A few years ago, even my closest friends were skeptical. I was leaving the State Senate to raise money for a film that would market an epic conservation effort out West to an urban audience in an attempt to heal 100 years of racial wounds and restore an iconic fishery. Some people said I was taking a big risk to win over people who wouldn’t care.
I confess, when you put it all into one sentence, it does sound like a risk. But I believed that a wrong had to be made right, so I set out to make a world-class film about the 300-mile Klamath River, where one of the West’s greatest fishing runs had been all but destroyed. Stretching from Oregon to Northern California, the Klamath is a place torn apart by racism and the exclusion of tribal communities, and a place where some of America’s greatest agricultural leaders live. I hoped it could be a place of healing and bravery, too.
I wanted “A River Between Us” to speak to an audience who takes the subway to work, because if I could get them to care about the Klamath, I believed we could accomplish a very complex set of goals. First, we wanted to tell the very personal stories of the people who rely on the river, like farmers, anglers, and the tribes, and how these groups have come together to create a historic water rights compromise for the good of all. Using the film to score support, our hope was to begin working on the largest salmon and steelhead restoration in U.S. history.
Little did I know that most films don’t get finished or distributed. With the confidence that comes with ignorance, I got the film completed, paid for, and it comes out on October 13 (pre-order it on iTunes now.) It’s beautiful and I’m really proud of the story. Festival audiences have fallen in love with the characters and the notion that if you heal people, together we can heal the river.
Politics follows culture, so we tried to change culture. We’ve created momentum for the Klamath restoration project through social media, which makes the issue legitimate. For years, I’ve been on the receiving end of letters, petition requests, and write-your-Senator campaigns. They are good, but never as effective as showing a politician that culture has shifted right under their feet, and you’ve made it easy for them to get right on the bus and take credit. I made 26 behind-the-scenes clips of the film production and then spent two years lining up all my friends in conservation, culture, social justice, and politics to push them out. Every Facebook like, share, and send makes “A River Between Us” and the Klamath River restoration culturally relevant. That makes this a much easier ask, with four times the political muscle.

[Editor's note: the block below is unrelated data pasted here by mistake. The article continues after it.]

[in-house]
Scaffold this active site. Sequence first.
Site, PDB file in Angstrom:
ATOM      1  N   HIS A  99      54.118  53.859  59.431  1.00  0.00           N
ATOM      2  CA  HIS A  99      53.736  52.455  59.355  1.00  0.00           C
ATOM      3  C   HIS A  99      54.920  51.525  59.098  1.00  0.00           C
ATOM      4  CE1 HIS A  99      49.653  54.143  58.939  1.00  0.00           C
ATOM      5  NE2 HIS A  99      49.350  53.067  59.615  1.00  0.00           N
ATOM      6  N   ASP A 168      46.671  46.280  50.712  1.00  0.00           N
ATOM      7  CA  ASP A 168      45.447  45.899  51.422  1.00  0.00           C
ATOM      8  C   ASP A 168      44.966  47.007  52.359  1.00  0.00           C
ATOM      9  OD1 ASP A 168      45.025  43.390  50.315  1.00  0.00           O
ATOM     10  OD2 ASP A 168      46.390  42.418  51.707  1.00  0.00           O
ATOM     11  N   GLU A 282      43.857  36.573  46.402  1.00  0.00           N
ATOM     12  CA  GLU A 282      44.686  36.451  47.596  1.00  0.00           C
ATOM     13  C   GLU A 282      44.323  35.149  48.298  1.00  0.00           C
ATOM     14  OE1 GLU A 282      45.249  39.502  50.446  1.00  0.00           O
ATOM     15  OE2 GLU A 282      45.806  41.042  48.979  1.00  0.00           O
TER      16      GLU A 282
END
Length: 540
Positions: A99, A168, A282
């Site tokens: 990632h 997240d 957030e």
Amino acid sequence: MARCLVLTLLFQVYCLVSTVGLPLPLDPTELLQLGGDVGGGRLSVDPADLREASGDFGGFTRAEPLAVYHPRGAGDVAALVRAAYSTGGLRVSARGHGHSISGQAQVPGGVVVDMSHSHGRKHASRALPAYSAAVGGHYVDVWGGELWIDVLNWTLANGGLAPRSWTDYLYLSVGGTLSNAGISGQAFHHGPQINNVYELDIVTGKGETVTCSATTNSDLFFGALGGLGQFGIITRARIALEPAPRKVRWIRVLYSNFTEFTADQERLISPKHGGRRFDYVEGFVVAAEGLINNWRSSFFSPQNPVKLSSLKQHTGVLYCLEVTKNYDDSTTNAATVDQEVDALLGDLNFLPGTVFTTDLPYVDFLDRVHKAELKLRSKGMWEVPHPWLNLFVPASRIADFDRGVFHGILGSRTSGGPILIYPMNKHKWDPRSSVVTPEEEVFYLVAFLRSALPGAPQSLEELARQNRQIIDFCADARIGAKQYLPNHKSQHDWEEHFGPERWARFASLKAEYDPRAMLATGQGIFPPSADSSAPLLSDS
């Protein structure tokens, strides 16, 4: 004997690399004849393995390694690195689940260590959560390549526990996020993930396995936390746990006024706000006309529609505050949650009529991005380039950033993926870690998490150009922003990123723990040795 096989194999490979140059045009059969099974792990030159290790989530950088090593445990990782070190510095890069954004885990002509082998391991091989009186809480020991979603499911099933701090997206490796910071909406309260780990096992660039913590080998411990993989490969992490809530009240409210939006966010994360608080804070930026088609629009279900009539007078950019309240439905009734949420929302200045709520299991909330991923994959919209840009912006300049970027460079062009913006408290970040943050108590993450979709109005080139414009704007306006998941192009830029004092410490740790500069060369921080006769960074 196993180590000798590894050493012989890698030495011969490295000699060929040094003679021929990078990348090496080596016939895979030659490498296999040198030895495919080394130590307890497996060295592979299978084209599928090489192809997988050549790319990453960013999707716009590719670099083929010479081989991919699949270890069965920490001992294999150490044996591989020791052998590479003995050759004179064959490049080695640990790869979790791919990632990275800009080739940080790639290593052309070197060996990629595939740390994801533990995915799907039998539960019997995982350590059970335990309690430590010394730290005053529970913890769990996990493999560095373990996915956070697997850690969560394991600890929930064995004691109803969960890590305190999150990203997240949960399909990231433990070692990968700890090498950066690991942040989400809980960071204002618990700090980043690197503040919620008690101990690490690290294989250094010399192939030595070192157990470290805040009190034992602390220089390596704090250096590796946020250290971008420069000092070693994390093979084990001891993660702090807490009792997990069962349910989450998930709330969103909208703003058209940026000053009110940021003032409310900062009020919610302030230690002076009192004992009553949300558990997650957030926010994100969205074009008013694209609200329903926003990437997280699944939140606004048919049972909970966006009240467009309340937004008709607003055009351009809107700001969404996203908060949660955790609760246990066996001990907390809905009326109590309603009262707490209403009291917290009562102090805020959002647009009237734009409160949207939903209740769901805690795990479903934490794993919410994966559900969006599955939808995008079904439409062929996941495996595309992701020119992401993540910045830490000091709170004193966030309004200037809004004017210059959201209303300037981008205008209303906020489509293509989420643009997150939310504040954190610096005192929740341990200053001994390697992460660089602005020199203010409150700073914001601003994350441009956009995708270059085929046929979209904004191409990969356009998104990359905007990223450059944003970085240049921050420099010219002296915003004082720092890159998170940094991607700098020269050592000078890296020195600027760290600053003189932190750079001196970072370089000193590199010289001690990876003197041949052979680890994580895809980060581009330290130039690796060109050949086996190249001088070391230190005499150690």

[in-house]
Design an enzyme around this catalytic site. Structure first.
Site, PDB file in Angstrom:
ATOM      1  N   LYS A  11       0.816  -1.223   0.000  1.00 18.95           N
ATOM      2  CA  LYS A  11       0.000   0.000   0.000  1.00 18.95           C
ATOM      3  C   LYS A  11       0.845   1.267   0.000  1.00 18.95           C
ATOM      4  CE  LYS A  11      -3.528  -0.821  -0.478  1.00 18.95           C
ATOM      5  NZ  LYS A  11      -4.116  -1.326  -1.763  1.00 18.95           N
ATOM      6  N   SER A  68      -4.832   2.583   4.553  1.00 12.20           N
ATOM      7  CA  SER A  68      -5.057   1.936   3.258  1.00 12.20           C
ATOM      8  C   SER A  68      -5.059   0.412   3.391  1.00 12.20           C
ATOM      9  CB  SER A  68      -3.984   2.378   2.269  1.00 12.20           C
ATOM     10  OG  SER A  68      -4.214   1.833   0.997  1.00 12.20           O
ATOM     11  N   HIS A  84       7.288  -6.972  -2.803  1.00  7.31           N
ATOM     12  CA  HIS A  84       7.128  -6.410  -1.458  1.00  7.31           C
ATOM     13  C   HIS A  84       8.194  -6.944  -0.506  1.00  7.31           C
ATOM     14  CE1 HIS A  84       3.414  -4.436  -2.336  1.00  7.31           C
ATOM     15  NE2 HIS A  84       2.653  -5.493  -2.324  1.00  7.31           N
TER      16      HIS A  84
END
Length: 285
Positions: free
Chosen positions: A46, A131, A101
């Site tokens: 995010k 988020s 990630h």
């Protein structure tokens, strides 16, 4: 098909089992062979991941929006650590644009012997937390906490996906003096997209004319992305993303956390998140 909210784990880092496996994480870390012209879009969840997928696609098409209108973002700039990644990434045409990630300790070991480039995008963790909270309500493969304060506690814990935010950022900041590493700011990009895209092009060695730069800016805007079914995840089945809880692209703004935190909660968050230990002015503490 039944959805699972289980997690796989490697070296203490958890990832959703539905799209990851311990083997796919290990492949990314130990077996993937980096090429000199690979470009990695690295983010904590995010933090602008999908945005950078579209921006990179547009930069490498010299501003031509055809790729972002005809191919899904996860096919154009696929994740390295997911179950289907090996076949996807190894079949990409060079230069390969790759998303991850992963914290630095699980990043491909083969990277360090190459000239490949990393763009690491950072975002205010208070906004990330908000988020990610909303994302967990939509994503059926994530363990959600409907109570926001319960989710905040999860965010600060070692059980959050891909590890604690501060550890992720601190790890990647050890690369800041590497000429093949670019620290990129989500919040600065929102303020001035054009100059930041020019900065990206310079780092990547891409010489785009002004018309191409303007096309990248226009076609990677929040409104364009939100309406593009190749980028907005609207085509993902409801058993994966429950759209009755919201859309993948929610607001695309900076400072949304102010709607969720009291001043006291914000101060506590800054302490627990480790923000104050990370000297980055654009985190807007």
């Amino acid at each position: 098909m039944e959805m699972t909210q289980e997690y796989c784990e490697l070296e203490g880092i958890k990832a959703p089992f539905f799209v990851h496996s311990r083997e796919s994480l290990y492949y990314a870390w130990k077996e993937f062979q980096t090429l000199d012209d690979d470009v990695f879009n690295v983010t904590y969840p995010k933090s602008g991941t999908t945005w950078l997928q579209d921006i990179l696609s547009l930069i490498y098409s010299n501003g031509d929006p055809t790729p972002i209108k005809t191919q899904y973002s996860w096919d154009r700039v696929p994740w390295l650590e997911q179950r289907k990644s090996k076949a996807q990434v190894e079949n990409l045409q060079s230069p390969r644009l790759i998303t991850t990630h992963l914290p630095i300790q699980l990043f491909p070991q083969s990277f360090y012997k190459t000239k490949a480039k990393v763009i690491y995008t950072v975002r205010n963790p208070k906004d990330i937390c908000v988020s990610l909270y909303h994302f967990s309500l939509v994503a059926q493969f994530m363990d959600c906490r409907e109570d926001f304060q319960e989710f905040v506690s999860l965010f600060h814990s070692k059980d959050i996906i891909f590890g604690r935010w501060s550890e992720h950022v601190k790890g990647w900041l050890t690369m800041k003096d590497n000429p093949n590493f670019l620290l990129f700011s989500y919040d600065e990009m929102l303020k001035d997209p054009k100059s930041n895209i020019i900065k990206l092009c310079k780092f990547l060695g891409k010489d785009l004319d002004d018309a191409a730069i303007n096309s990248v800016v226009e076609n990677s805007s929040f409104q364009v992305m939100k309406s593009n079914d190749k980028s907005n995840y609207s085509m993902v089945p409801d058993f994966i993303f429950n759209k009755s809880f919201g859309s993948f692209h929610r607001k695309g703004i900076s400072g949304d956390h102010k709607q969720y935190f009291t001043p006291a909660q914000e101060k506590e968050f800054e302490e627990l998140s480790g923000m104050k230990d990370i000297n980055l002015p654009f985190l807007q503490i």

I recently put this entire issue on the President’s desk, assuming I’d only get 60 seconds to make the case for a lifetime worth of work. I boiled down the entire issue into a single sentence: With the President’s existing authority, we could remove four dams, provide liability assurances to industry, guarantee water for farmers, create trust between water-users and area tribes, and complete the largest salmon and steelhead restoration in U.S. history. To leverage a film, and say with confidence that America is talking about it, I had to make sure that every side, not just special interests or lobby organizations, were represented in the political push to save this river. My team has men and women, Republicans and Democrats, East and West coast, by design.
In the end, it’s as true today as it ever was: You can accomplish anything if you give all the credit away. I want everyone who has helped, from President Obama and Secretary Jewell right down to that college kid who sent me 20 bucks through the crowd-source campaign, to take credit. I’m happy knowing that our film is not the final chapter of the story about one of the West’s greatest rivers.
Jason A. Atkinson is a public servant, filmmaker, author, consultant, and passionate outdoorsman. Atkinson served in the Oregon legislature for more than 14 years, and was a candidate for Governor. He took a sabbatical from public life to make the film “A River Between Us,” which will be released in October 2015. He writes on public land, conservation, fish, and wildlife issues for various publications and is the author of “Inside Out: Stories of Oregon’s stewards, unsung heroes of the land. Field & Stream named him a Hero of Conservation in 2015.